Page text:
Can you picture living in a home that’s just 5.91-feet (1.8-meters) wide? The designers of this home had to, and they had to produce a feasible layout for its use in the process.
This project comes from the city of Toshima in Japan. It’s been suitably dubbed “1.8M Width House”, and has been designed by YUUA Architects & Associates.
The property is set on an area measuring 865.42-square-feet (80.4-square-meters). The project itself was completed back in 2012, making it among the first batch of ultra-slim homes.
The first and perhaps most obvious challenge for the designers, was how to create the rooms without creating a claustrophobic cubicle: “The first challenge we had to face with the design of the 1.8M Width House was the juxtaposition of the size of the plot and the spatial and psychological openness the clients’ wished for.”
To remove any feeling of confinement, the architects left the interior largely open plan. Up can practically see right through the home from the outside. Exterior walls and the level of the floors have been placed so as to reduce an outsiders view of the interior, maintaining the occupants privacy.
With openness and privacy addressed, the architects could consider the rooms within the home itself. 1.8M Width House is envisioned as an aggregation of “places”. The flowing layout is intended to lead you from one room to another. Thanks to varying ceiling heights, you can go from a space which feels small and private, to large and open (relatively speaking).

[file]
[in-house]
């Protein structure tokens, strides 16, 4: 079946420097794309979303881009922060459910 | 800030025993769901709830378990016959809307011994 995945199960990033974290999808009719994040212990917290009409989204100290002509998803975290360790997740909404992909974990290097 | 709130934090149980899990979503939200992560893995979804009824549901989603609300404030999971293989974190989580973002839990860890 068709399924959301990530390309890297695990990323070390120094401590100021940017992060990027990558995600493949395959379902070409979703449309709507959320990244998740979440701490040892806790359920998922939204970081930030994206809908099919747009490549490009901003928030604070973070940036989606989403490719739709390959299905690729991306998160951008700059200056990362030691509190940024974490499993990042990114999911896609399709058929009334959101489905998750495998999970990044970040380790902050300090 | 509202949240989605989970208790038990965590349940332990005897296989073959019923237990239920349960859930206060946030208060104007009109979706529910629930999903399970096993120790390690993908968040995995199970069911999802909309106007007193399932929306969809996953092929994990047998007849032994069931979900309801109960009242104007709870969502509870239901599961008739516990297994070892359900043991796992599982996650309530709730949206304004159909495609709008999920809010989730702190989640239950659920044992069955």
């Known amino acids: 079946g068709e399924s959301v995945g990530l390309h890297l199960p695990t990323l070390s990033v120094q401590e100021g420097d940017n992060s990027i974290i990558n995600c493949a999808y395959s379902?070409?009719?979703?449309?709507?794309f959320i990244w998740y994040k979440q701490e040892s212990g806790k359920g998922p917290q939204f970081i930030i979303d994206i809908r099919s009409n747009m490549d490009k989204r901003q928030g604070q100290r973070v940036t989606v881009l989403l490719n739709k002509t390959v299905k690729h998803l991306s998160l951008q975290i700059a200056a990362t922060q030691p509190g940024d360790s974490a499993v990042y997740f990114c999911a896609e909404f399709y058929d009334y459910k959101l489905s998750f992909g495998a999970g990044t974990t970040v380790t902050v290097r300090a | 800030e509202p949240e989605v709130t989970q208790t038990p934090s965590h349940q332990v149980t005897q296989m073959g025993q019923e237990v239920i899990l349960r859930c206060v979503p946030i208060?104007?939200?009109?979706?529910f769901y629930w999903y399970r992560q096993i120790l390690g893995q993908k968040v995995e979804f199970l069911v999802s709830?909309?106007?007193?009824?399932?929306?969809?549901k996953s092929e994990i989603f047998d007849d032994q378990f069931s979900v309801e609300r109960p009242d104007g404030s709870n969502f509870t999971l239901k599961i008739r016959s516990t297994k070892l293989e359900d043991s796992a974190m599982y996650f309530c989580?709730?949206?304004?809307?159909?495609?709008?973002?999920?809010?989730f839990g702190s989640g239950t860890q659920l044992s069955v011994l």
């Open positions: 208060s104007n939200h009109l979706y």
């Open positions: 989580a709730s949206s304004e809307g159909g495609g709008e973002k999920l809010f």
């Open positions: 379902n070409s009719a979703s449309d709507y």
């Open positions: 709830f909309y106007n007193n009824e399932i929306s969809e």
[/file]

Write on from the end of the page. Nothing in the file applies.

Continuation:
Fixtures and furnishings are largely orientated with the length of the home, for obvious reasons. In some areas, you’ll find elements of playfulness, like the steel ladder providing direct access from the kitchen to the loft. From the architects: “Working with these situations is a challenge but also a possibility to increase the available built space in the city while preventing its expansion.”
Photos © Sobajima, Toshihiro
Structural engineer by day, tiny house designer by night. Niall has a keen interest in small spaces, green design, and sustainability. He started developing Humble Homes while studying for his masters degree in engineering. He is the founder and managing editor of Humble Homes.
I wouldn’t consider going up two flights of spiral stairs to use the bathroom at night a very good design element.
Wow, this is really a unique one, I imagine my self-staying on the fourth floor, so which floor is the bedroom? Thanks for sharing
Where’s the spiral staircase? I missed that.